You are looking from the outside at three religions (unless you belong to all three), and you have picked what looks like to you to be similarities between them. But I suggest that even the things that appear similar to you may be wildly divergent after deep investigation. Another example: a Dispensational Arminian Christian Anabaptist may consider the Reformed Calvinistic Amillennial interpretation of the Messiah and his kingdom as heretical.

    Here is how it would work in science: The untrained laity might look at the DNA of a gorilla and of a human and think the two species could mate. But a specialist in the field would see hundreds (no, thousands) of reasons why such simplistic analysis can't hold.

    I suggest that your conclusions about these three religions might benefit from some tuning. Now, I don't think that your analysis is horrible or anything like that, but it may be knee-jerk, or even optimistic. But my own studies in multiple religions makes me think that the facts on the ground don't bear out your thesis.


    Steve Rives
    Last edited: Jul 12, 2005
  24. Jul 12, 2005 #23
    Okay, here's a direct, quick, hip-pocket answer to the question:

    Different religions reflect how men make truth in their own image and assign it to the heavenly realm. The heart of man is a factory for creating gods and images of gods that conform to their own ideas and ideals. For example, the gods of the philosophers became the unmoved thinking gods (which became the pattern for the West). The gods of the Greek heroes were the fighting gods. The gods of the Levantine farmers were fertility gods.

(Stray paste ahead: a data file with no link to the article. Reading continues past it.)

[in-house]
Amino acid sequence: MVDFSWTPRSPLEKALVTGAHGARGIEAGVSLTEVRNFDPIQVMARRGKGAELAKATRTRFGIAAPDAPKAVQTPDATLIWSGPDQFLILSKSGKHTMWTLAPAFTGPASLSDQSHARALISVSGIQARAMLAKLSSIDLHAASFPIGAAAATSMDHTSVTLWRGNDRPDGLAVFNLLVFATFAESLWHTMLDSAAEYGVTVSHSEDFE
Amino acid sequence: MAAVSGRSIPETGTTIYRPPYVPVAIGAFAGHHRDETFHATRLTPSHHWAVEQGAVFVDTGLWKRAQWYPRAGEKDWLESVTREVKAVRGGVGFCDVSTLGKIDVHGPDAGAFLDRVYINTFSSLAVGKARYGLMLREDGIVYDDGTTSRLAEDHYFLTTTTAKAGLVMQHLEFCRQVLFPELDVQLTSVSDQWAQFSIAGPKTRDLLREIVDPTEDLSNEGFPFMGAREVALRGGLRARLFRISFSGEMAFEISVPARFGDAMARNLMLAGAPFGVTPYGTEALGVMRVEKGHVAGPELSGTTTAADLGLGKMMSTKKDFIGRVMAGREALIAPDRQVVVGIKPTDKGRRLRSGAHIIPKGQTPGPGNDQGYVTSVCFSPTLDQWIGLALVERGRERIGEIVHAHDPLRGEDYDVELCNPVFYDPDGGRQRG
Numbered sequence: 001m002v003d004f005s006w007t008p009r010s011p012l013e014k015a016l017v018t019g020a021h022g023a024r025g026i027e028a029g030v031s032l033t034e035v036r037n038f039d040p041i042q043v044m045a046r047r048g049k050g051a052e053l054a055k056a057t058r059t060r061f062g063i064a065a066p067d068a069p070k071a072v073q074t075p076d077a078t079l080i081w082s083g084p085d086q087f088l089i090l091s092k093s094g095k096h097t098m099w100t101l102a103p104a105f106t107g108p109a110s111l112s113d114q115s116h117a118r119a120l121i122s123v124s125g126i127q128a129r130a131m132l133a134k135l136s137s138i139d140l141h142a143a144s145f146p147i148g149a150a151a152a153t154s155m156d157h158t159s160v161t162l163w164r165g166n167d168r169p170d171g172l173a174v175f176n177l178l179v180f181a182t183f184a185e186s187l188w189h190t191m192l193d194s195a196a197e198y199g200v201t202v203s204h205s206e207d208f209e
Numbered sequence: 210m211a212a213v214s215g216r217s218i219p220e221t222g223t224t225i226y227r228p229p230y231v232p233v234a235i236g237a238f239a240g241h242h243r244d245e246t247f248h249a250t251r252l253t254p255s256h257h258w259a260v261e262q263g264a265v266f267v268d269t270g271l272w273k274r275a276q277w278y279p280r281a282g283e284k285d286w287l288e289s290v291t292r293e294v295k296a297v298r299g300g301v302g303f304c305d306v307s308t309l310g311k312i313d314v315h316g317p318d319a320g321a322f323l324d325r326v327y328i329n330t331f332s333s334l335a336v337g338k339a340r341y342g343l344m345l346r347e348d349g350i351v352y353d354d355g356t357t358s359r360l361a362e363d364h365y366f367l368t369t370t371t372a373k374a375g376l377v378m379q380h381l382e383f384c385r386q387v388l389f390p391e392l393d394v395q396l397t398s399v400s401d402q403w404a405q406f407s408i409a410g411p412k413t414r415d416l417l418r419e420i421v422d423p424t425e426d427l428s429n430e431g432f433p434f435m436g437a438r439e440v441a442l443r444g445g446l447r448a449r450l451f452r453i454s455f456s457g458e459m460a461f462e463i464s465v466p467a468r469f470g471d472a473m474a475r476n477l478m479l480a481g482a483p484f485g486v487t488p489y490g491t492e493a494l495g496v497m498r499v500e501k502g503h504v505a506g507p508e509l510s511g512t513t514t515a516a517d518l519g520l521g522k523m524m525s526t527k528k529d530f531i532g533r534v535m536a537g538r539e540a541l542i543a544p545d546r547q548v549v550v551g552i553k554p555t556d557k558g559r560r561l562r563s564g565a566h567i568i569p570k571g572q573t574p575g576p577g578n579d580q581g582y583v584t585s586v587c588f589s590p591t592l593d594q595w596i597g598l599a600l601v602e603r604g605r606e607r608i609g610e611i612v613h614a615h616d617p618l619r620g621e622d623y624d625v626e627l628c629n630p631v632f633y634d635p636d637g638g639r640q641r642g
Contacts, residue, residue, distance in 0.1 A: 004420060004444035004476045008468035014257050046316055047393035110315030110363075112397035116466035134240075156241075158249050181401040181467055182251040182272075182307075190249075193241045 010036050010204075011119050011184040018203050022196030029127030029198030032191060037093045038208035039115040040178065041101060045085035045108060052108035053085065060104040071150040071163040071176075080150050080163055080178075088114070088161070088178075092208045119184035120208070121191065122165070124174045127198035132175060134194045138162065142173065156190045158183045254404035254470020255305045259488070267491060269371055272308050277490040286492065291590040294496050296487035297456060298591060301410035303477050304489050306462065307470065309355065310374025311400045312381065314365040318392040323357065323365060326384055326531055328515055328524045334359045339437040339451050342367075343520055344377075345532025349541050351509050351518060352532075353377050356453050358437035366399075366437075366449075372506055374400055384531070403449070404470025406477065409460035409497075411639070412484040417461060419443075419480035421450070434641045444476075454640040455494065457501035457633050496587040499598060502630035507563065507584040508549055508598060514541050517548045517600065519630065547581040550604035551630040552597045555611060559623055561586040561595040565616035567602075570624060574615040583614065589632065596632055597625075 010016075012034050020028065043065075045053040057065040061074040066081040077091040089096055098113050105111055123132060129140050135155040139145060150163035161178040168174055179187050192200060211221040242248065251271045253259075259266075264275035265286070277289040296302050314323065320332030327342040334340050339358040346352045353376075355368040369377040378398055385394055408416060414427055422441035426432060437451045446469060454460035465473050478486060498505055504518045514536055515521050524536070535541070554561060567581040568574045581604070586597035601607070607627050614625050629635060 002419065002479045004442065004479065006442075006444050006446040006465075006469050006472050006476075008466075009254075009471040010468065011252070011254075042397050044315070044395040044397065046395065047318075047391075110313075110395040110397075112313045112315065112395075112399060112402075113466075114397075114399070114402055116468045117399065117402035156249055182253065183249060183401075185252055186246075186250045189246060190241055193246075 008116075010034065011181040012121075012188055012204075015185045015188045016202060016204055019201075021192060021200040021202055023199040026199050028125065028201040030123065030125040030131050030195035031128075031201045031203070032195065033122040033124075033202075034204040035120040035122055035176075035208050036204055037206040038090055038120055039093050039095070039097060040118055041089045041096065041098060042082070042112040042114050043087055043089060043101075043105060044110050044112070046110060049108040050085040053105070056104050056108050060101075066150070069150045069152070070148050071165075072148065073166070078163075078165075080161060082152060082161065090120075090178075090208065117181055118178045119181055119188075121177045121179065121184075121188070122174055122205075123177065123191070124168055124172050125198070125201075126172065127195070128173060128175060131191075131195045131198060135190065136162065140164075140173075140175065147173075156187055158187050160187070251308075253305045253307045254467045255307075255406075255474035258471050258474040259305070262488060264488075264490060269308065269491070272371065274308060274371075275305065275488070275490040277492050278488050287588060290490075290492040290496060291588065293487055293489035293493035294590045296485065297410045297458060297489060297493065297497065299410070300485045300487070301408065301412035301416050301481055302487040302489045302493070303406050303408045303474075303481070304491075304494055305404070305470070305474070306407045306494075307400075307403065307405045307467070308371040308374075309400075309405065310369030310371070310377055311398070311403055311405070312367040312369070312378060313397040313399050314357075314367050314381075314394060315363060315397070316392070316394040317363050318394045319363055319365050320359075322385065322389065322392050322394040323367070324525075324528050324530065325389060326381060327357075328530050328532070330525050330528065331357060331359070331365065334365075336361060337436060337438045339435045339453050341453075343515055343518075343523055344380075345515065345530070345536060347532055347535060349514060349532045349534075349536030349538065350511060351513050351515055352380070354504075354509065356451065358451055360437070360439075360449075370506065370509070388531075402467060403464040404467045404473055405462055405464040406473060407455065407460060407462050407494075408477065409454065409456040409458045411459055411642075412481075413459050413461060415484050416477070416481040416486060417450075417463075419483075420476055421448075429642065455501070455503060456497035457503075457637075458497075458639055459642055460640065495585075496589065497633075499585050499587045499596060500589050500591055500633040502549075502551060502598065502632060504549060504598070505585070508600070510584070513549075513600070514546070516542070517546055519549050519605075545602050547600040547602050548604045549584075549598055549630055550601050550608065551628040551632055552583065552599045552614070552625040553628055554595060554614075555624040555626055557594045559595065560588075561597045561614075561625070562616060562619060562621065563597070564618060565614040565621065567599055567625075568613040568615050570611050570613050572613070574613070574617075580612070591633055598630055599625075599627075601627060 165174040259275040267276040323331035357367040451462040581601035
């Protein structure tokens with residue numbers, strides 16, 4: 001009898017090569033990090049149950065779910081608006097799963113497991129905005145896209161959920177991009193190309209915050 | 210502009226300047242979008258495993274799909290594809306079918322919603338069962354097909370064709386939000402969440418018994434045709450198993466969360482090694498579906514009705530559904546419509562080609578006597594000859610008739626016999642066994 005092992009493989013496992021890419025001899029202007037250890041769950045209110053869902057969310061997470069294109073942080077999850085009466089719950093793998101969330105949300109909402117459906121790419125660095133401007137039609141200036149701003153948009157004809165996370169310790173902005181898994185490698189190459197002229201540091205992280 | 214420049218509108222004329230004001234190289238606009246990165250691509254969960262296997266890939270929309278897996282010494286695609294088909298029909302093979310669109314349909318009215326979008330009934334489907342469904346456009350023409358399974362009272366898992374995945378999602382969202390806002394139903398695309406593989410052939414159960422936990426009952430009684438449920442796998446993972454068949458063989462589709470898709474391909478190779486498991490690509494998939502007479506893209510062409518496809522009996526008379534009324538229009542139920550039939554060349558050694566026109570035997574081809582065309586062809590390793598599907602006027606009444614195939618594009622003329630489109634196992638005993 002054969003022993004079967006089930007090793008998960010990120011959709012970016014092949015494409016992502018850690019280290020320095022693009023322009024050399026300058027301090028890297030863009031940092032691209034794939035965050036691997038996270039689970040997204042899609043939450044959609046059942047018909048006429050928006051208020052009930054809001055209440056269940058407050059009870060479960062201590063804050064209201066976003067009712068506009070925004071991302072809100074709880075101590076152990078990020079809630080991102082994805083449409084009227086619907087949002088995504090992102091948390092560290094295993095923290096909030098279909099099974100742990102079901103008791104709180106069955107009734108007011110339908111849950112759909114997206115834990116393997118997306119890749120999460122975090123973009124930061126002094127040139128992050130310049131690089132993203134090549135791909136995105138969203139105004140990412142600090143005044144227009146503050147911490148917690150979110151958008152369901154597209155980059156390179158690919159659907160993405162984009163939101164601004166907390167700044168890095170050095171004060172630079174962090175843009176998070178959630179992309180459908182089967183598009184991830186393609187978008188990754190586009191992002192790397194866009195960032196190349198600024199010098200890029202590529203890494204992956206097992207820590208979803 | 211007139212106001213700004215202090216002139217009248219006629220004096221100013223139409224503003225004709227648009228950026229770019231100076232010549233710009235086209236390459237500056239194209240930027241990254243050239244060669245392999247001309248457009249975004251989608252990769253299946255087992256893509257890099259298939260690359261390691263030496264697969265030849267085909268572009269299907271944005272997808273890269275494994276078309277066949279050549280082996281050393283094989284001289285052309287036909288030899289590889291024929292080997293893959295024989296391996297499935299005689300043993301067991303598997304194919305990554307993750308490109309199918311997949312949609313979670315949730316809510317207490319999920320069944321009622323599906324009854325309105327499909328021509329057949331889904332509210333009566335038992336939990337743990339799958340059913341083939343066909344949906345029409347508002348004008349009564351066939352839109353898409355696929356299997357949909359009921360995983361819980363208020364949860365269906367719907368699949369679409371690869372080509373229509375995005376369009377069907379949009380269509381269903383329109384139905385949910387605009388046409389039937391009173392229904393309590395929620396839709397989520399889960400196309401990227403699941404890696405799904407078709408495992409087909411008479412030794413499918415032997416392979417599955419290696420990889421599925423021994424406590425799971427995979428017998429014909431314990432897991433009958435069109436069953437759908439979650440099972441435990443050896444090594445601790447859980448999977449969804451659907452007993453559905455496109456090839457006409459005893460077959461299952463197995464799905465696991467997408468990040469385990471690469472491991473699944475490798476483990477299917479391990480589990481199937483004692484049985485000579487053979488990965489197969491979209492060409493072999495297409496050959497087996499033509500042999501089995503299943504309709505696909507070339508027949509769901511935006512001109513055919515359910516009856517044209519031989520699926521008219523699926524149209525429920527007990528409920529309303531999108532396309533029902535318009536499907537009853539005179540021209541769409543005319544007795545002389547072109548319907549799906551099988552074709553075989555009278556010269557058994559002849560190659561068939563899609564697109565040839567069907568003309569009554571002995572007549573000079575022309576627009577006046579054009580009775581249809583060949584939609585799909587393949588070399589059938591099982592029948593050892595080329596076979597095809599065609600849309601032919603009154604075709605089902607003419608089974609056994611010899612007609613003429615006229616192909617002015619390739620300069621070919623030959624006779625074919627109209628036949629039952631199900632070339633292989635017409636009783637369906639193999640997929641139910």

Whatever one's highest ideal, that thing likely makes it into the metaphysical realm -- and a religion is made. It grows when a people of a region/area share similar ideals and adopt the most fit of the locally invented religions (for various reasons). Like tribes and people groups that come and go, so do their religions. Tribes that survive bring their religion with them. Nations and tribes that die, die with their religions. The Egyptian religion died after conquest. Ancient Middle Eastern religions died after conquests and perhaps after natural disasters (I can't think of an instance of this last one).

    Ultimately, to indirectly quote one thinker, men cast their highest hopes and dreams into the metaphysical realm and call it god. Why? Because they love to create truth that conforms to their own circumstances and identities.


    Steve Rives
    Last edited: Jul 12, 2005
  25. Jul 12, 2005 #24